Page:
A new report has prompted the justice sector to stump up $14 million for offenders with mental health issues.
The Corrections study found 62 percent of prisoners had some sort of mental health or substance disorders, which often went undetected.
"In the past we have dug deep into our own pockets to fund what we can," says Bronwyn Donaldson, director of offender health at Auckland Women's Corrections Facility.
"This funding now acknowledges that we need to put more money in."
Compared to the general population, the Corrections study found prisoners were three times more likely to have a mental disorder and 13 times more likely to have a substance use disorder.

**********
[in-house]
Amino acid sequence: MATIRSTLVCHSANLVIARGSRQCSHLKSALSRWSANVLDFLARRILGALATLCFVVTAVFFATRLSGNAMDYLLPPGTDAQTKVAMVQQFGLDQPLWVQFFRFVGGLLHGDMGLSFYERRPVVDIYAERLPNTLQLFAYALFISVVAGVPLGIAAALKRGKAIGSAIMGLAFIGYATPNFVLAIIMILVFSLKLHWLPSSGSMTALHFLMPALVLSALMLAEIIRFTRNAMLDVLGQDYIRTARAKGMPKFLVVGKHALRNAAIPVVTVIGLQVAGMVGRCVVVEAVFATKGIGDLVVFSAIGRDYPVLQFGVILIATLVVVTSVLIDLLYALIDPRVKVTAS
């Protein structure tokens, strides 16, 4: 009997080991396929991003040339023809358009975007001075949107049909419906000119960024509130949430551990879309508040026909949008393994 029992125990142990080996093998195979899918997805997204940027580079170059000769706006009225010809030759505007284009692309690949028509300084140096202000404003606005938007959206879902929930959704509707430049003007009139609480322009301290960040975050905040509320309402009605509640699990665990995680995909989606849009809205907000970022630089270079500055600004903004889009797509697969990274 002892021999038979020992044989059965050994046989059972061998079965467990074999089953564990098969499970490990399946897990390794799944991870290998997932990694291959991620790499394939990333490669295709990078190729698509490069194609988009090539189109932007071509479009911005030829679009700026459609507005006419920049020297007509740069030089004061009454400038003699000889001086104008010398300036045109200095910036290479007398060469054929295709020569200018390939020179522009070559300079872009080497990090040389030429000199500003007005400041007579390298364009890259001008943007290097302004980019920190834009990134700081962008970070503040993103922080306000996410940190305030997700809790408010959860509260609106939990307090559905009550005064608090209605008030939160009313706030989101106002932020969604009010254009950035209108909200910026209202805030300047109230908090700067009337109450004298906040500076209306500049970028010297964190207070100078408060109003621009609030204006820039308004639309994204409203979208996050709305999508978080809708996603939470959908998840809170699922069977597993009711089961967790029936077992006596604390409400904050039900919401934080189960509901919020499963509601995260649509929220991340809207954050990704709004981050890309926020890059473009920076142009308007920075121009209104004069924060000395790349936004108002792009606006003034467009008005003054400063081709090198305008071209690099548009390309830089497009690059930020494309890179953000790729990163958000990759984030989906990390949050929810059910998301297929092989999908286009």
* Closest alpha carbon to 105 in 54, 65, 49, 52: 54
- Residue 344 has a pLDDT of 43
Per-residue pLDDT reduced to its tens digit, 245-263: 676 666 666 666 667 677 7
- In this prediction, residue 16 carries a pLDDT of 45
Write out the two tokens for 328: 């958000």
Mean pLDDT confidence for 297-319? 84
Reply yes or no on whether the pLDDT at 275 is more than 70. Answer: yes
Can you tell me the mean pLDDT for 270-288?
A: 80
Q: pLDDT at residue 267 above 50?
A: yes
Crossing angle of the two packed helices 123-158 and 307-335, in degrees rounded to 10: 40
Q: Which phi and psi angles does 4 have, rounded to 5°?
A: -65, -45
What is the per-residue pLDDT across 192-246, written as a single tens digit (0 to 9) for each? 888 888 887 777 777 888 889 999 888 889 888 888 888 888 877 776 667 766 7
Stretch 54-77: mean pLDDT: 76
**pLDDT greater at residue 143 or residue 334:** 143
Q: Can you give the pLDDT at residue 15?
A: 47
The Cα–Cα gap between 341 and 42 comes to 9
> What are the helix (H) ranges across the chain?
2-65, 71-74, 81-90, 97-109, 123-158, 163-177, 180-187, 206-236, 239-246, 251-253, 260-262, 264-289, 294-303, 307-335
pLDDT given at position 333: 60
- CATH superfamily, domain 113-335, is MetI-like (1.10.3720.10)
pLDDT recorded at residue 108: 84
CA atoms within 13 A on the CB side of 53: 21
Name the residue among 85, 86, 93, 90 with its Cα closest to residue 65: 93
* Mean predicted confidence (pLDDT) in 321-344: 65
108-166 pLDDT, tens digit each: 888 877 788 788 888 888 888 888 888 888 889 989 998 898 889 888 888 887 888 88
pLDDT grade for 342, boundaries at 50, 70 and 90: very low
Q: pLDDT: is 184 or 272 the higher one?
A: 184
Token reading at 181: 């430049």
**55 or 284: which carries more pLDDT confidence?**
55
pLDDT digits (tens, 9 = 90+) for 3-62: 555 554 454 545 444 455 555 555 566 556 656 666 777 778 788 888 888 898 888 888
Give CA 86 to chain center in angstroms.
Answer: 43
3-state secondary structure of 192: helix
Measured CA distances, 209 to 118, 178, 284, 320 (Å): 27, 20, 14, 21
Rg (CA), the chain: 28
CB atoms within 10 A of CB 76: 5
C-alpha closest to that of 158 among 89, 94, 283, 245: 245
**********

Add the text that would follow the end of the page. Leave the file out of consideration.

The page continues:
It also found prisoners were four times as likely to have ever attempted suicide.
The Rural Canterbury Public Health Organisation treats 160 prisoners a year, but that's just scratching the surface.
"I'm just glad to see that's been boosted and rolled out to a greater degree," says clinical psychologist Paul Wynands.
He says he often doesn't see a prisoner until they are at crisis point, but this extra funding will allow more prevention work.
"We do expect a reduction in violence, we do expect that people won't escalate into suicide because we'll have been able to deal with their problems earlier on," Ms Donaldson says.
The report found disorders were often undetected and under-treated, but it suggests that integrating mental health and substance use treatment would improve health and reduce re-offending.